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There's actually no US laws against that. You're perfectly free to create a monopoly and to monopolize entire sectors.
Think you're confused:
A legal monopoly refers to a company that is operating as a monopoly under a government mandate. A legal monopoly offers a specific product or service at a regulated price. It can either be independently run and government regulated, or both government-run and government regulated. A legal monopoly is also known as a "statutory monopoly."
AFAIK, nor M$ neither Apple operate "under a government mandate". And of course, they're not natural monopolies either:
Natural monopolies are allowed when a single company can supply a product or service at a lower cost than any potential competitor, and at a volume that can service an entire market. Since natural monopolies use an industry's limited resources efficiently to offer the lowest unit price to consumers, it is advantageous in many situations to have a natural monopoly.
They're a private monopoly: owned by one person or a (small) group of people who seek private profit without returning anything to the community they extract that profit from. Is that illegal? Of course not: they owned the law.
 

KGIII

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Think you're confused:

Nope. Not at all. How about from the FCC themselves? I'm pretty sure they trump anything you'll dig up.


You're allowed to have a monopoly - provided one doesn't abuse their monopolistic position (both to get there and to maintain it).
 

Tolkem

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You're allowed to have a monopoly - provided one doesn't abuse their monopolistic position (both to get there and to maintain it).
Again; they own the law.
Companies including Facebook, Google and Microsoft typically donate to PACs to support or oppose a candidate or issue. But after the Capitol attack, and subsequent votes by some members of Congress against certifying the 2020 presidential election results, many companies said they'd rethink who they support and how.
https://www.cnet.com/tech/tech-indu...tical-contributions-in-wake-of-capitol-siege/
You're still thinking in your "monopoly", with no real power at all to influence people's decisions, like some other real monopolies can.
 

dyfet

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Loss of control of the intel platform began long ago with Intel power management running beneath the regular cores. Special high security computers are often unboxed in a clean (non-network connected) environment and patched before they are deployed by users, and there is a whole special class of IBM made PowerPC systems that have similar power management features, but a more open isa (OpenPower) which has actually documented means to disable power management features. I gather pureOS tries similarly patching intel power management on their hardware on their own, as Intel does not generally offer such cooperation or products at all.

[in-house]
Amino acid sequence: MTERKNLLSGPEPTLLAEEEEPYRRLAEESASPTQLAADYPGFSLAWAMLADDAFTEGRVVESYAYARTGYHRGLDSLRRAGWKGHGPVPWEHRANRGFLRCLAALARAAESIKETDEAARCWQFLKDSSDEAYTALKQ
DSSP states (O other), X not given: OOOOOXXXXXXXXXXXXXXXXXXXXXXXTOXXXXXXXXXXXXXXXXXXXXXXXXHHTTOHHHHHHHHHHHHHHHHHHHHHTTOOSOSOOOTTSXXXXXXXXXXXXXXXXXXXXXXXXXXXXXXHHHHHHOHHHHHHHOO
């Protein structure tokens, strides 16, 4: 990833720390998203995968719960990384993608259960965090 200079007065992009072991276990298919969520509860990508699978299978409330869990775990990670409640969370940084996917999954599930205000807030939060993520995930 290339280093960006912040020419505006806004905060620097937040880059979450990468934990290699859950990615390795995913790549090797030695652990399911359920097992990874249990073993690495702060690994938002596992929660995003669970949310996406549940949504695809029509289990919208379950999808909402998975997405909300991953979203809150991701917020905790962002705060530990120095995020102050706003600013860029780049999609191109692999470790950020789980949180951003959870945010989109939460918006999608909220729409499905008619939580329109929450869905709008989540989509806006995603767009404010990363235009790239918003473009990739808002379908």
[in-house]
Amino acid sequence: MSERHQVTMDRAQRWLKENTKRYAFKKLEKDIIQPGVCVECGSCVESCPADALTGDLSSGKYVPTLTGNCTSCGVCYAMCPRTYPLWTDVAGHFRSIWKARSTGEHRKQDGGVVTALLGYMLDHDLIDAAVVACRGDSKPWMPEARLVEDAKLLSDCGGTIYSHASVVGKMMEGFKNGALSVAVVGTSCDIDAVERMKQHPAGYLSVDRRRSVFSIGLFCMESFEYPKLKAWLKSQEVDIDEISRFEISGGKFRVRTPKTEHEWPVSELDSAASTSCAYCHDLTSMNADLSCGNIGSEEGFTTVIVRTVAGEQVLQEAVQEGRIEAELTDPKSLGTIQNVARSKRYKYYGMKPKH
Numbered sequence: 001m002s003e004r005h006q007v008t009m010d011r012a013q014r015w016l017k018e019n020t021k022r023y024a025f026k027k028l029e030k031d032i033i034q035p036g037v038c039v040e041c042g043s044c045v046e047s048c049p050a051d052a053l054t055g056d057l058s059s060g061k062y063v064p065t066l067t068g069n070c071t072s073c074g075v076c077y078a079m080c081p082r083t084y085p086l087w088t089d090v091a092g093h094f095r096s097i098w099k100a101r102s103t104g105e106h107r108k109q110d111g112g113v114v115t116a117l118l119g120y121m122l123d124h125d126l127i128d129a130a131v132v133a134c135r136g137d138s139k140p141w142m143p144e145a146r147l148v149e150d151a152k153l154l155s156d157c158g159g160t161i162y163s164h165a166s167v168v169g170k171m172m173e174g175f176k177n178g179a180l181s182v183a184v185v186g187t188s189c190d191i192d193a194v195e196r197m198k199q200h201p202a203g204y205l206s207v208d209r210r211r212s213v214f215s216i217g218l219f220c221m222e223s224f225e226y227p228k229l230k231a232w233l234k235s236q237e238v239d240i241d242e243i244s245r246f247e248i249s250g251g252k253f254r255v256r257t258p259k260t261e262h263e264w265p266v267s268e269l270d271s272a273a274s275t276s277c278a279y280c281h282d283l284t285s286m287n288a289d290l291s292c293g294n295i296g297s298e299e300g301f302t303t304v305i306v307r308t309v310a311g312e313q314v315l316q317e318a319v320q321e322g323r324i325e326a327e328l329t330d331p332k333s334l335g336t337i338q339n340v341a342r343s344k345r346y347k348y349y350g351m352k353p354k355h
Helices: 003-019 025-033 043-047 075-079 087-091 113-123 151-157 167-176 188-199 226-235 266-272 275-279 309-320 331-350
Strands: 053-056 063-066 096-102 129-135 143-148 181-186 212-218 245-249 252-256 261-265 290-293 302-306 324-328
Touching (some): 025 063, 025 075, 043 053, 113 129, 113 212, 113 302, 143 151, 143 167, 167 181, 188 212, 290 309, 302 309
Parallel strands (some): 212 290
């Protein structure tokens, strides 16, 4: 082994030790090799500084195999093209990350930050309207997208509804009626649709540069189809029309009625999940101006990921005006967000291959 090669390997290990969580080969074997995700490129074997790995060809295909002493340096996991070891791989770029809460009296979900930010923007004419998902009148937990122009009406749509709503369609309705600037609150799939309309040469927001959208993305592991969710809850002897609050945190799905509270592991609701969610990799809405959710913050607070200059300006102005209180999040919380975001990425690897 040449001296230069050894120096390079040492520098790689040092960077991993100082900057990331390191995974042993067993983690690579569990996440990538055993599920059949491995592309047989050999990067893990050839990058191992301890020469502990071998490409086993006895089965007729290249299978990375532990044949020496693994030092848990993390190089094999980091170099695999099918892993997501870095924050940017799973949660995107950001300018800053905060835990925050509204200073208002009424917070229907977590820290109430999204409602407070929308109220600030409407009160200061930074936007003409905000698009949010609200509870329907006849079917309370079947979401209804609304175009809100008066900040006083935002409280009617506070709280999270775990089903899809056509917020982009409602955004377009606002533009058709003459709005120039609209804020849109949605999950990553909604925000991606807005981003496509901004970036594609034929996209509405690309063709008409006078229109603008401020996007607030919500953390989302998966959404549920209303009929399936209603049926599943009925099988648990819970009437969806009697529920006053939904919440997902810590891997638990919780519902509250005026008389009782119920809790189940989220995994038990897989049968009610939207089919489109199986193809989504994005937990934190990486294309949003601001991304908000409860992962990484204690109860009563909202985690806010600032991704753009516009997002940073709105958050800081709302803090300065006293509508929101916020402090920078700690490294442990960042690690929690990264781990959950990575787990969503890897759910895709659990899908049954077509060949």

Given that historical context, pluton seems to try doing "more useful" things more easily than what could potentially be done abusing the power management infrastructure or even TPM. However, "more useful" is not in terms of things more useful for end users...
 

KGIII

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Again; they own the law.

... Of course I know the donate large sums of money to political action committees, lobby/bribe officials, etc... What I don't know is how that has any bearing on what I said. My point was that monopolies aren't illegal by default which, for some reason, you decided to take issue with before posting your next bit about them owning the law.
 

Tolkem

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My point was that monopolies aren't illegal
I know, and fwiw, you're right. My point is that since they own the law, then "legal" or "illegal" becomes a blur, and there's no way to tell anymore which is which; they're legal because the laws they make say so.
 

KGIII

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My point is that since they own the law, then "legal" or "illegal" becomes a blur, and there's no way to tell anymore which is which; they're legal because the laws they make say so.

Oh, don't get me wrong. The large tech companies are pretty much all terrible. Those that are monopolies are almost certainly abusing their position and, more importantly, likely committed tons of abuses to get to where they are.
 

SlowCoder

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Oh, don't get me wrong. The large tech companies are pretty much all terrible. Those that are monopolies are almost certainly abusing their position and, more importantly, likely committed tons of abuses to get to where they are.
Wasn't that my original point?

I like this thread. It's a respectful transaction of information and debate.
 

Alexzee

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I sent Richard Stallman an e-mail about this topic and here's what he said:

To any NSA and FBI agents reading my email: please consider ]]]
[[[ whether defending the US Constitution against all enemies, ]]]
[[[ foreign or domestic, requires you to follow Snowden's example. ]]]
The issue you raise has worried me ever since I first heard of
"trusted" computing, about 20 years ago. I wrote the article
https://gnu.org/philosophy/can-you-trust.html, saying that it's